If you’re new to the field or looking for a career transition, there’s just so much information out there that it’s hard to even get started. You might hear people talk about having tons of courses and certifications to take, but I’m here to tell you they’re not that important. While there’s some value in going through the process of studying for certification, what is important are your skills and experience, because in this field, what you can do will make you so much more successful than what you know. Solving technical problems is the way to earn the trust and confidence of the people you work with. Here are the top 5 skills you need to learn to become a cybersecurity professional.
Building and Using Virtual Machines
Virtual machines, also called VMs, are operating systems that run on top of your existing or host OS. The virtualized OS is commonly referred to as a guest and is managed by a piece of software called a hypervisor. The hypervisor lets you manage and allocate resources like CPU, memory, and disk based on your guest. Popular hypervisors you may have heard of include Hyper-V by Microsoft, VirtualBox by Oracle, VMware, and KVM. Oftentimes, when you hear the term “cloud,” it usually just means thousands of VMs running on specialized hypervisors on someone else’s server farm in a data center somewhere.
Virtual machines let you become platform-agnostic, meaning you’re no longer limited to any particular operating system and the tools available for it. Many people spend all their time just on one OS and debate which one is better. Let me tell you, it doesn’t matter. As a pro, you should be versed in all of them and be comfortable working with any platform. This maximizes the scope of your skills and makes you effective in any situation. Virtual machines also give you the flexibility to train and research in an isolated environment without affecting your main driver. You can quickly take snapshots of a guest OS and restore it to an earlier state, opening a suspect file you received. Use a VM. Want to practice configuring a server? Use a VM. Slinging exploits at a target? Use a VM.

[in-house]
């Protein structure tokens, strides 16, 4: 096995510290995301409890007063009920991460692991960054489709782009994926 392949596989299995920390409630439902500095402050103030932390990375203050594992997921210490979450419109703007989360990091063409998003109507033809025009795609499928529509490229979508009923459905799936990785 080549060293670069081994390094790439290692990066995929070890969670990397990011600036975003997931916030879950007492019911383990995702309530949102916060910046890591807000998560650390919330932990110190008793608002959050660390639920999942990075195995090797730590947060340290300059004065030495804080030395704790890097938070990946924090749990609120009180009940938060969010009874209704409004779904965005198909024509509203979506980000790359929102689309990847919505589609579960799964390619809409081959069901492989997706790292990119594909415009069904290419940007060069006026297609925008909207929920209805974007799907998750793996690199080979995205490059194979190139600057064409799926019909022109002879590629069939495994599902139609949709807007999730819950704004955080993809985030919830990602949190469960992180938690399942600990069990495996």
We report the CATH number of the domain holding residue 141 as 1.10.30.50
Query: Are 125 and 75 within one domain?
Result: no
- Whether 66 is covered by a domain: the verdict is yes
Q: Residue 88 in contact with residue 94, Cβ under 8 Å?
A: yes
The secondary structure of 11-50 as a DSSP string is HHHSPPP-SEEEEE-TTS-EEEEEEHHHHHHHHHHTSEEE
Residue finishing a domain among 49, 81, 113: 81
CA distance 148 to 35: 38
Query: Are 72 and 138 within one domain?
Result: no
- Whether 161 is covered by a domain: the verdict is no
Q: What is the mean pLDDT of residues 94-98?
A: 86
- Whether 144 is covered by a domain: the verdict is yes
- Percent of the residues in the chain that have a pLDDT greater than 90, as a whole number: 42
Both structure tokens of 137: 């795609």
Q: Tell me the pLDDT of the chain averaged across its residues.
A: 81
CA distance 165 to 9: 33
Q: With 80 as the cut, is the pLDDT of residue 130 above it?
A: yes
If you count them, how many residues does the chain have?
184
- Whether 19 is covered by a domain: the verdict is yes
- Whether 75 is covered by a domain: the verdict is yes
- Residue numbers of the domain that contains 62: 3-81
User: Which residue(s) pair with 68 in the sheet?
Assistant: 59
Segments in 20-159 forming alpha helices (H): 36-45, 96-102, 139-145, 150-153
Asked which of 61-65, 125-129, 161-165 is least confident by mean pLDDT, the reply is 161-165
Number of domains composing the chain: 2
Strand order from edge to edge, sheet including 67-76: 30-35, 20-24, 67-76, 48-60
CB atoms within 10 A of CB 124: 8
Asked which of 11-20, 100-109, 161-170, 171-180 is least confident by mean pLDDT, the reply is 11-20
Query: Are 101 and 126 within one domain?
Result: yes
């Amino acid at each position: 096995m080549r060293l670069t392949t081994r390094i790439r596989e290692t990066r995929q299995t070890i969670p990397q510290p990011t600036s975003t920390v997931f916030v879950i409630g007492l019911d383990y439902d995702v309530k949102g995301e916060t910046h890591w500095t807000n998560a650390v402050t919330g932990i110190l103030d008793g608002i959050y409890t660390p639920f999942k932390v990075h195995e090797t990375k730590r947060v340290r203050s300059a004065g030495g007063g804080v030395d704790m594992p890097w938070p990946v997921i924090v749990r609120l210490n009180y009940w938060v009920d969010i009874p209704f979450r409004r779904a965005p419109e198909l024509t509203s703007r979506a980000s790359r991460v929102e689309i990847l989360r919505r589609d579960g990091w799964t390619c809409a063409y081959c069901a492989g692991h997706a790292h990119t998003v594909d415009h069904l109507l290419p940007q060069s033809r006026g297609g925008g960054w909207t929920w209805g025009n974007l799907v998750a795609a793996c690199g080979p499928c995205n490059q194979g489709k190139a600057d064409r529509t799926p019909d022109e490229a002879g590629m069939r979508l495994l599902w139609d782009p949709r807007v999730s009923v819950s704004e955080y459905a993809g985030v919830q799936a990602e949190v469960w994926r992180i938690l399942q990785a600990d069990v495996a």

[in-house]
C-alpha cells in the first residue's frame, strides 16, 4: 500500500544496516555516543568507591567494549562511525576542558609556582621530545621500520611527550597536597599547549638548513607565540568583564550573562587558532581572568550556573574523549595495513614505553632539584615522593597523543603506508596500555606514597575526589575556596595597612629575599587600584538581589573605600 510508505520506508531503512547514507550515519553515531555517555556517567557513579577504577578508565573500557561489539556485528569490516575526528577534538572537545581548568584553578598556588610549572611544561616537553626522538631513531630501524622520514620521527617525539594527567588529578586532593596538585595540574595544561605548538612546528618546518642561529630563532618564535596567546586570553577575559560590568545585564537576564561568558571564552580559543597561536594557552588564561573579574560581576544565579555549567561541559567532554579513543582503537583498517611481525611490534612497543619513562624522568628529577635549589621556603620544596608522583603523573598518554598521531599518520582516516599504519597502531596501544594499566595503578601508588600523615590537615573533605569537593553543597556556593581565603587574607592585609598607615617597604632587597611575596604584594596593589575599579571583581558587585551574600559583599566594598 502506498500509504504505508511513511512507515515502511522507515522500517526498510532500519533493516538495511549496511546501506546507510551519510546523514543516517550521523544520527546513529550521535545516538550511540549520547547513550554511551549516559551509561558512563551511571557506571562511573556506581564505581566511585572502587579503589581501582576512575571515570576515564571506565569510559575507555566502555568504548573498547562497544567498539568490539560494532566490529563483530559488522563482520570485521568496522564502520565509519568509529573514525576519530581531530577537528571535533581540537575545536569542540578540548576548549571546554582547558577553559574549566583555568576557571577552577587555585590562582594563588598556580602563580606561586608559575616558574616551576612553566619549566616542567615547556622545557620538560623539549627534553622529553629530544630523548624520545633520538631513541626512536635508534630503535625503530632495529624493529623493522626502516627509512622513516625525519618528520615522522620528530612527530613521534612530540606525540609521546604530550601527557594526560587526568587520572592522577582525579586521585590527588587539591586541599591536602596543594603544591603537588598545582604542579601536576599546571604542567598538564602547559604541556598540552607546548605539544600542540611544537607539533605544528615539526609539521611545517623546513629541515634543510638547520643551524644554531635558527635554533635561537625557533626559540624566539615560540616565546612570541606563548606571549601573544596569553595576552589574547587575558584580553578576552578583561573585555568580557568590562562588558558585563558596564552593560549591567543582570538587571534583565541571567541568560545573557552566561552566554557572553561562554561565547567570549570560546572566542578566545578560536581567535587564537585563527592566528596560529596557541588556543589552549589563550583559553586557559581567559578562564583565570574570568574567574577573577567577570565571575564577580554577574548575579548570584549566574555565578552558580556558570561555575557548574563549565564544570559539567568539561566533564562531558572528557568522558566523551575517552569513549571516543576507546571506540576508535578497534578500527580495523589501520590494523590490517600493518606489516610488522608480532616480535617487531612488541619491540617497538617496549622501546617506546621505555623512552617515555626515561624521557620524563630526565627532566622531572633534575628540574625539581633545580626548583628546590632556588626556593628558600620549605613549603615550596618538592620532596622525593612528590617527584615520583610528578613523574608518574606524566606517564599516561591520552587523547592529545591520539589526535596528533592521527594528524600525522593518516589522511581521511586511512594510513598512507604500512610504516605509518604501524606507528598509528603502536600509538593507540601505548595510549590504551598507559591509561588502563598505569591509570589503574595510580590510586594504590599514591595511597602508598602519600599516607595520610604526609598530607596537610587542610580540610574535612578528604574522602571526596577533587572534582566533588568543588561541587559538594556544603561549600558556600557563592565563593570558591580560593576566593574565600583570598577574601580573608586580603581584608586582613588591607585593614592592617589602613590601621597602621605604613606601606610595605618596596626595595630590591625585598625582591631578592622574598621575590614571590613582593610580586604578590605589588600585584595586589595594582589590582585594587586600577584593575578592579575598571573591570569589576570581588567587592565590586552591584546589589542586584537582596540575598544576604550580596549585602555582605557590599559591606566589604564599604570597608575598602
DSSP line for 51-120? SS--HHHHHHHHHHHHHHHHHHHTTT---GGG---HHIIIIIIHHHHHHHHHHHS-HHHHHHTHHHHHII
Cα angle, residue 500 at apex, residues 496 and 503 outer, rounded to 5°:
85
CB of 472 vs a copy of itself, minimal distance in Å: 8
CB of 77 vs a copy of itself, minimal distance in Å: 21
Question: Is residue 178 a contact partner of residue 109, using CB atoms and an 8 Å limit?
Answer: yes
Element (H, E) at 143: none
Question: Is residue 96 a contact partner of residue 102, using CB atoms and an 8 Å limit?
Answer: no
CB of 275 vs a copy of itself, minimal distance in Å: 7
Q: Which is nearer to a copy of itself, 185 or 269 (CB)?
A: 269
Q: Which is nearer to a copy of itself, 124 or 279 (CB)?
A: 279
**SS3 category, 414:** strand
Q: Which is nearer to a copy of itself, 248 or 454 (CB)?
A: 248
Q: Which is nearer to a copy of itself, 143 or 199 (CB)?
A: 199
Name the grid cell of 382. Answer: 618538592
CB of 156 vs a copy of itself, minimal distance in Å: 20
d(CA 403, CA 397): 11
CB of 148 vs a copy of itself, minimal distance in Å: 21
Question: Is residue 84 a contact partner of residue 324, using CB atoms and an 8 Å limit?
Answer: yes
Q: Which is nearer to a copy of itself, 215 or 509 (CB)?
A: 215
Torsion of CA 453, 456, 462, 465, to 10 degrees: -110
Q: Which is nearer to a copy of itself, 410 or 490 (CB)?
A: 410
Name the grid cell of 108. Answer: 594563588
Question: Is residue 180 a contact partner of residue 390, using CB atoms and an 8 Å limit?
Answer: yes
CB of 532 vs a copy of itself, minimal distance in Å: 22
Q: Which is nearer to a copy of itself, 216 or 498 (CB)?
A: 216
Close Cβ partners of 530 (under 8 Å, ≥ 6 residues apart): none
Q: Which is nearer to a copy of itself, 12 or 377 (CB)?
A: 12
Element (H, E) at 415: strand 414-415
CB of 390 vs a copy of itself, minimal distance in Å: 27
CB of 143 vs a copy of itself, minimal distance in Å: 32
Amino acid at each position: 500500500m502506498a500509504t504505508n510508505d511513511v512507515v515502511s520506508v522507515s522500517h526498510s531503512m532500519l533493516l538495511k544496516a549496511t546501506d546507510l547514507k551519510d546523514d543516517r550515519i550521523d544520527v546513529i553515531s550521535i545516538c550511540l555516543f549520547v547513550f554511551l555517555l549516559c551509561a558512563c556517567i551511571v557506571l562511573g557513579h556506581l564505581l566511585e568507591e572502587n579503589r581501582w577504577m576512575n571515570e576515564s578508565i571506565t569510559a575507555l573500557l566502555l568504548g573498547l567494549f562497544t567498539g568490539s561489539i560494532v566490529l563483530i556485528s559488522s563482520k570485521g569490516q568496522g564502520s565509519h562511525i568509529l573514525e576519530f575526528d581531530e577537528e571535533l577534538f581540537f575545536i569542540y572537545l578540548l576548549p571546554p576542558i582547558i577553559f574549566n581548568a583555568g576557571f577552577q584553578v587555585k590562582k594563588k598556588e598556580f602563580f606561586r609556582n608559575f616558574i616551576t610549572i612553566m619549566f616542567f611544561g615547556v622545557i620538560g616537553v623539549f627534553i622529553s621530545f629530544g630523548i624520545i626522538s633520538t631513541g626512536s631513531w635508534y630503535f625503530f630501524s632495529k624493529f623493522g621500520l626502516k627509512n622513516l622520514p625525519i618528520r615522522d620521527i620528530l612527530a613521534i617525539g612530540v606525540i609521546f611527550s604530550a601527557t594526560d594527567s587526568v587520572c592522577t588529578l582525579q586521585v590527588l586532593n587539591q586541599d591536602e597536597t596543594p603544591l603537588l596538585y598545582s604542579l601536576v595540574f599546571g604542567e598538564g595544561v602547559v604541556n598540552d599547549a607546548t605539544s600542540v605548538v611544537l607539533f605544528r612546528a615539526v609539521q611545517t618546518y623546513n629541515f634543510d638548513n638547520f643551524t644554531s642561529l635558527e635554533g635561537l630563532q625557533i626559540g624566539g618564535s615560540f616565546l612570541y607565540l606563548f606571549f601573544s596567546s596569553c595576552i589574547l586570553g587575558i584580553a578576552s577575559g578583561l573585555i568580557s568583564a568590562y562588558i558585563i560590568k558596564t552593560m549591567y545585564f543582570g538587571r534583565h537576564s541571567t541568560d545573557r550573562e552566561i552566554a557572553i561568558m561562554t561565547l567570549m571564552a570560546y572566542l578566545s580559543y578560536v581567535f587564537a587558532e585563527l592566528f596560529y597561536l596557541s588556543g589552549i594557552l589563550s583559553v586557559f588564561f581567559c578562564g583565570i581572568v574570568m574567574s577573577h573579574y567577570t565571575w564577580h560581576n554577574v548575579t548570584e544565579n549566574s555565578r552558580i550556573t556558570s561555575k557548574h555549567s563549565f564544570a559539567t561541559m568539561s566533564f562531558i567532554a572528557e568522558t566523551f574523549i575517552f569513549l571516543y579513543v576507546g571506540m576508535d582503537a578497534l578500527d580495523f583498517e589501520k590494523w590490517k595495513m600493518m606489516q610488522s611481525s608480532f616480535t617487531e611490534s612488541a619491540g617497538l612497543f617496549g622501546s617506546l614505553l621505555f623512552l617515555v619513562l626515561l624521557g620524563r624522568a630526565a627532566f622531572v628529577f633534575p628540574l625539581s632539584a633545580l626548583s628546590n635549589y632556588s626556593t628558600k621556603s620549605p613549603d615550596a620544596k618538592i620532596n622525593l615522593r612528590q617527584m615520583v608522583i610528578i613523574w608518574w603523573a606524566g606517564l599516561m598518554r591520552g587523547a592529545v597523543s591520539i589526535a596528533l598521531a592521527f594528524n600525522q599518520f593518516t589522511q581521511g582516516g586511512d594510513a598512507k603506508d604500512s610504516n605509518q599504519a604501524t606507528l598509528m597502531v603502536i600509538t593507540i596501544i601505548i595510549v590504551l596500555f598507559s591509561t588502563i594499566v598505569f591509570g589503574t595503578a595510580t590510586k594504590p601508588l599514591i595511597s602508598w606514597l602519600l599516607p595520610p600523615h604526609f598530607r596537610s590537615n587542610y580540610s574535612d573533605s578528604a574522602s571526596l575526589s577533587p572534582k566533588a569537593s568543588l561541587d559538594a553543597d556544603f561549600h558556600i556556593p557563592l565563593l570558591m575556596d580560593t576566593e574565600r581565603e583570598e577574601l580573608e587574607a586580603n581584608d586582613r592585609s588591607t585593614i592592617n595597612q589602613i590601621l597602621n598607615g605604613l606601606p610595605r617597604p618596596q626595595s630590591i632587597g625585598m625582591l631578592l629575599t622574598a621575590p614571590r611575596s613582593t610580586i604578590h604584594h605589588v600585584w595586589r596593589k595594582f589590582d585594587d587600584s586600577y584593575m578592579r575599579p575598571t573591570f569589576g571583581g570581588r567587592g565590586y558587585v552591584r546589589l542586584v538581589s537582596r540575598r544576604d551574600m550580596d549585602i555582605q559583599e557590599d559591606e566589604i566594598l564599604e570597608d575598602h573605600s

Learn the Command Line
Don’t run away, but embrace it. The command-line interface commonly referred to as a shell is the simplest and arguably the most efficient way to interact with an operating system. For example, if I’m looking for an entry in the CSV file of over 1GB size, Excel might freeze or crash. Running a lightweight shell command gets me what I need in no time. Why is it called a shell? The important part of an OS that makes it run is called the “kernel” because it functions at the center of the system. The part that’s exposed to a user is called the shell since it wraps around the kernel. It’s just like a car where the steering wheels pedals, and dashboards, giving you control over the engine or transmission all exist in the shell of the car.
The command line gives you the lowest level of access to software functionality that comes with an operating system. Many of the most useful tools don’t have a graphical user interface (GUI) to point and click. Mastering the command line expands your arsenal and lets you get more done with less. It allows you to be able to use scripting and automation to tackle repetitive tasks that would otherwise waste lots of time. Learning to automate your workflow by learning the command line makes you a tremendously valuable asset to the team. I recommend starting with Bash or Born-again Shell since it comes by default with almost every Linux distribution. MacOS used it in its terminal app, which has since changed to Zsh or Z-Shell and has some nicer features. If Bash is like a Toyota, then Zsh is more like a Lexus. Bash is so popular and effective that Microsoft released the Windows subsystem for Linux (WSL) and lets you install several different Linux flavors to use Bash as a native app. This is super convenient since you can access all of your Linux tools without having to switch to a virtual machine. Now understand that Powershell is actually the go-to native shell for Windows. It’s very different from how you would use the Linux command line but gives you a ton of powerful Windows administration abilities. If you work in an environment where Windows is the primary OS, you should definitely learn PowerShell as well.